PostPosted: Wed Feb 08, 2012 9:11 am    Post subject: Reply with quote

Nearly all my favourite writers were pretty horrible people! I think (unfortunately) it usually requires a great deal of selfishness to be a great artist of any kind. But when you read that Larry forbade Nancy from speaking to any man taller than 5'4" (his own height) it does rather diminish him (no pun intended!).

And I agree, I like the writing in the AQ, though I completely understand it's too overwrought for some palettes. I would rather have ambition and linguistic exuberance, even if it doesn't always work, than something safe and "tasteful".



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TheRejectAmidHair



Joined: 19 Nov 2008
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Location: Staines, Middlesex

PostPosted: Wed Feb 08, 2012 9:21 am    Post subject: Reply with quote

MikeAlx wrote:
Nearly all my favourite writers were pretty horrible people! I think (unfortunately) it usually requires a great deal of selfishness to be a great artist of any kind.


"The writer's only responsibility is to his art.  He will be completely ruthless if he is a good one.  He has a dream.  It anguishes him so much he must get rid of it.  He has no peace until then.  Everything goes by the board: honor, pride, decency, security, happiness, all, to get the book written.  If a writer has to rob his mother, he will not hesitate; the 'Ode on a Grecian Urn' is worth any number of old ladies."

- William Faulkner



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chris-l



Joined: 27 Nov 2008
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PostPosted: Wed Feb 08, 2012 10:17 am    Post subject: Reply with quote

I'm up for a re-read of 'The Avignon Quintet'. Evie. I was considering it anyway, as we plan to spend a couple of weeks in June down in the Vaucluse, just north of Avignon.  I would like to finish 'Moby Dick' before I embark upon another 'big read', but that is going on much more quickly than I had anticipated (i.e. I am finding it a much more enjoyable read than I had supposed it to be), so I should be ready to start on Durrell within the next few weeks.


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Evie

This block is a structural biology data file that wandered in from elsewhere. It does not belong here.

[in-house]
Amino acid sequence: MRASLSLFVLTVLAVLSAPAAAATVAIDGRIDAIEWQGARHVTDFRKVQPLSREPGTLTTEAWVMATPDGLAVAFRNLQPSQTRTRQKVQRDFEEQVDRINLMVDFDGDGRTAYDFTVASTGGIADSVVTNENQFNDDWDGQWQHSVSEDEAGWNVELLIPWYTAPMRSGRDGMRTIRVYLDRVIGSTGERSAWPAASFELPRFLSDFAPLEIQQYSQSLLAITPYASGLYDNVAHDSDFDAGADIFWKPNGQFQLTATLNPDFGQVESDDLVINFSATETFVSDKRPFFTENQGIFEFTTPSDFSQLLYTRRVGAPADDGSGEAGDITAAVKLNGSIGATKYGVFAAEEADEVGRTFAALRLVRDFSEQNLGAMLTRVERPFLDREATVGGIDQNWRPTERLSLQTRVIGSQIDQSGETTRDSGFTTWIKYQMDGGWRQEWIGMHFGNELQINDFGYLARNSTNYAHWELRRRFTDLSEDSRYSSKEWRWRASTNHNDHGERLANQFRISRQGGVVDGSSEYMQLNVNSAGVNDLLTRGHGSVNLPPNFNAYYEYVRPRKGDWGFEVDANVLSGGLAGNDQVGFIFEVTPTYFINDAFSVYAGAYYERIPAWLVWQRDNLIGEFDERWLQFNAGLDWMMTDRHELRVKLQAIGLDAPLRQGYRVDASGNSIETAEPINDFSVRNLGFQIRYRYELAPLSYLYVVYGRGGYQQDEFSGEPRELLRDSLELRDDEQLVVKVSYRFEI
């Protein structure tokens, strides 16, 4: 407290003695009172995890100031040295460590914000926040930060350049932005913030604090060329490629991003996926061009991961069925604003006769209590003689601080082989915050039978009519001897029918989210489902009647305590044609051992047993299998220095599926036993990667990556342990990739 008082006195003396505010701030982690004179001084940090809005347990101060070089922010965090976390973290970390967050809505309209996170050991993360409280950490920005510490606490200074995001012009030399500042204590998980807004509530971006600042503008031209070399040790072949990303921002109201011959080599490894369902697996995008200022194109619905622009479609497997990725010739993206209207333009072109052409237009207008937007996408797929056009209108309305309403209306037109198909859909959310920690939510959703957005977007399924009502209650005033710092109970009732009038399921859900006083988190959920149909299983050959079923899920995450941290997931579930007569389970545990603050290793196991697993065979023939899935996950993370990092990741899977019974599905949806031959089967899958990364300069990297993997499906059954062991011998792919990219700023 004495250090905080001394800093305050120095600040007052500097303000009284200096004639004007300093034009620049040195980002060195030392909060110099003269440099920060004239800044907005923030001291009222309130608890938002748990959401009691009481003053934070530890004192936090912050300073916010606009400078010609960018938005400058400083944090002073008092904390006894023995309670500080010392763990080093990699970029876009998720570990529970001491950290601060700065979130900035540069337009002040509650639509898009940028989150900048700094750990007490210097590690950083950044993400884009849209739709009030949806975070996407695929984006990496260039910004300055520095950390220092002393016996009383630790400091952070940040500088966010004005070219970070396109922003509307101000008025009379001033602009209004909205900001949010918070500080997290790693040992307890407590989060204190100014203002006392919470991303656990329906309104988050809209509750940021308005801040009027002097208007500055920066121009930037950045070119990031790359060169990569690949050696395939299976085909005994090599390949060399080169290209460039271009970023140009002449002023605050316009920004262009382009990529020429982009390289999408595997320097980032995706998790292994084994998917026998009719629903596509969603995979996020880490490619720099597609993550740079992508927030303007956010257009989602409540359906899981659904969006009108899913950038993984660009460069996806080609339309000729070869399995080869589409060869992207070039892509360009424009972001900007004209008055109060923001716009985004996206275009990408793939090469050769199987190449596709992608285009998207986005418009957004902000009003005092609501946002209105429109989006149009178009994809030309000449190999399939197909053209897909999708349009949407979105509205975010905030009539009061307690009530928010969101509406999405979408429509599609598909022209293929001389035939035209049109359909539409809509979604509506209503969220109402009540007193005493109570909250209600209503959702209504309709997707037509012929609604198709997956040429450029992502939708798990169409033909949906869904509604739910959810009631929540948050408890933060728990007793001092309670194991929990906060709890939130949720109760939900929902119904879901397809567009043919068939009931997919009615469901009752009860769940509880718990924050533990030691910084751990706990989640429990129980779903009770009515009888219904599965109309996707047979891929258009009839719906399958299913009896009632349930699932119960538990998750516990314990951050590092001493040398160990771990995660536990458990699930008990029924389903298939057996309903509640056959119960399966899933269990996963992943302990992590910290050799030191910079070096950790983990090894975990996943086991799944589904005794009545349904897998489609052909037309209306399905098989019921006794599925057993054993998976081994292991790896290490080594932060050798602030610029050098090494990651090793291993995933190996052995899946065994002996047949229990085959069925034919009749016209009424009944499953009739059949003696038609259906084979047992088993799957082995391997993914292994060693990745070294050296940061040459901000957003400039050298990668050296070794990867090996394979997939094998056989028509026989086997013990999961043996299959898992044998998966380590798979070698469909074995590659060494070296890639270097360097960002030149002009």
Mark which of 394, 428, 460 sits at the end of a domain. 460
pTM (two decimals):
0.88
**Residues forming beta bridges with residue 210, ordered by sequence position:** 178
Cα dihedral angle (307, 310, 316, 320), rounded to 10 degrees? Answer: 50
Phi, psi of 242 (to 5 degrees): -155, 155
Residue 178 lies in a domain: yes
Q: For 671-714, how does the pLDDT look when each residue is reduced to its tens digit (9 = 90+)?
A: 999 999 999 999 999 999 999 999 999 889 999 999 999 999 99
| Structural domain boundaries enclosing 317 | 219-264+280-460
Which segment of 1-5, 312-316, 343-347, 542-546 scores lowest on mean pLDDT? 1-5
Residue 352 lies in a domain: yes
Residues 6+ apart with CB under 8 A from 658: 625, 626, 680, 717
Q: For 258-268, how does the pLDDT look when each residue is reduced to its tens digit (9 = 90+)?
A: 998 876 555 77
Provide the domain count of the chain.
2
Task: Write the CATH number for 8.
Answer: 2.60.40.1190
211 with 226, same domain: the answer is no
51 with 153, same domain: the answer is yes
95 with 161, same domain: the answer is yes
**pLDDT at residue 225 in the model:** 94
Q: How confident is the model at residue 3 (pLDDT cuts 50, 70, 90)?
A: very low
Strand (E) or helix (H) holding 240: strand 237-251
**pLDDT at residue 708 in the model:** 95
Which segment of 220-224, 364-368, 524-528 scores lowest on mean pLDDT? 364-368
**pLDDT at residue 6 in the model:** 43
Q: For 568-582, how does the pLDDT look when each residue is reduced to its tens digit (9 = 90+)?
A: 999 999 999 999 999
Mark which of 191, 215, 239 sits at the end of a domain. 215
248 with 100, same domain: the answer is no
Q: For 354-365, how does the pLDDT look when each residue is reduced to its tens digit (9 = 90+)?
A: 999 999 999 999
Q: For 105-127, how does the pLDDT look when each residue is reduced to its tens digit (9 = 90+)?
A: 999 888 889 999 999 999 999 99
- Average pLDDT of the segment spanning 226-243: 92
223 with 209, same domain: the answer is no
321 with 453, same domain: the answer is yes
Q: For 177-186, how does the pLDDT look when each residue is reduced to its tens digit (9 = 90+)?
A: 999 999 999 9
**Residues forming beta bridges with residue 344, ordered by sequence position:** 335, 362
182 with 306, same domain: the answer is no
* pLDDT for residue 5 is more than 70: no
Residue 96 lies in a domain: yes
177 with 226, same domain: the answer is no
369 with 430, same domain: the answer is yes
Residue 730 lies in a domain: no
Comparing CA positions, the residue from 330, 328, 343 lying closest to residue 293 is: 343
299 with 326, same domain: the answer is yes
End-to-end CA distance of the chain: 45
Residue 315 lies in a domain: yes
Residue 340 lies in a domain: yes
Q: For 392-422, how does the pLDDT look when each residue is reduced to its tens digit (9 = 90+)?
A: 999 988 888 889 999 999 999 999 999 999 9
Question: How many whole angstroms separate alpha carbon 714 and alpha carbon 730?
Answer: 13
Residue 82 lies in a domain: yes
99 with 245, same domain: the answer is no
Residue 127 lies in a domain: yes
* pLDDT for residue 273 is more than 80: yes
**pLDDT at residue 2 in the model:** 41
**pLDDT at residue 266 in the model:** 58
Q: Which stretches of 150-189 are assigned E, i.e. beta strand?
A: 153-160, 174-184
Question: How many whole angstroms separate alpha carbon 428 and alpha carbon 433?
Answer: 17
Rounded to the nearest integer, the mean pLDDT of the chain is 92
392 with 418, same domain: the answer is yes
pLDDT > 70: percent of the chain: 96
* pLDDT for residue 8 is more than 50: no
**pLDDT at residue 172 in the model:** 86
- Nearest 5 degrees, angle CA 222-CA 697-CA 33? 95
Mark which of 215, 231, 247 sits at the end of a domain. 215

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PostPosted: Wed Feb 08, 2012 10:24 am    Post subject: Reply with quote

Ooh, that's great, Chris - will be fab to have someone to talk to about it.  I have just started a Zola novel, and also want to finish that first, but am completely captivated by it, so I doubt it will take too long!

As for artistic personalities - I saw a wonderful documentary about Barbara Hepworth once.  She has famously been vilified for putting her children into care so that she could carry on with her sculpting - but fewer people are as judgemental towards Ben Nicholson, her husband, who ignored his family for the sake of his art.  I'm not justifying what she did, but she did it in desperation, I think, because she felt it was unfair that Ben could carry on his career but she couldn't.

As you say, Himadri, or rather, as Faulkner says, selfishness is probably a prerequisite for great art.


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chris-l



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PostPosted: Sat Mar 10, 2012 12:56 pm    Post subject: Reply with quote

Evie, and anyone else who may be thinking of joining in, I have just started 'Monsieur', the first volume of 'The Avignon Quintet' I'm only 17 pages in, so not too far advanced yet, but I'm revelling in it so far.

At the begininning, Bruce, the narrator of this volume has just arrived in Avignon on the Blue Train (a train journey is surely the best way for any novel to begin!) having been summoned from Prague, where he is the doctor attached to the British Embassy, as a result of the suicide of his brother-in-law Piers. In the first few pages, we are also introduced obliquely to Sylvie, Piers' sister and Bruce's wife, who is confined to an asylum in the Vaucluse. We also learn something about Sutcliffe, a writer already dead, and his widow Pia, Bruce's sister. The relationships, as you can see, are complex, but they become more so as the stories develop, which is why it seems worthwhile to offer a word or two of clarification at this point. For the sake of my own sanity, I am trying to keep track of as many characters as I am able!

I'll post again when I have read a little more, or when anyone else feels ready to join in, whichever feels the better alternative.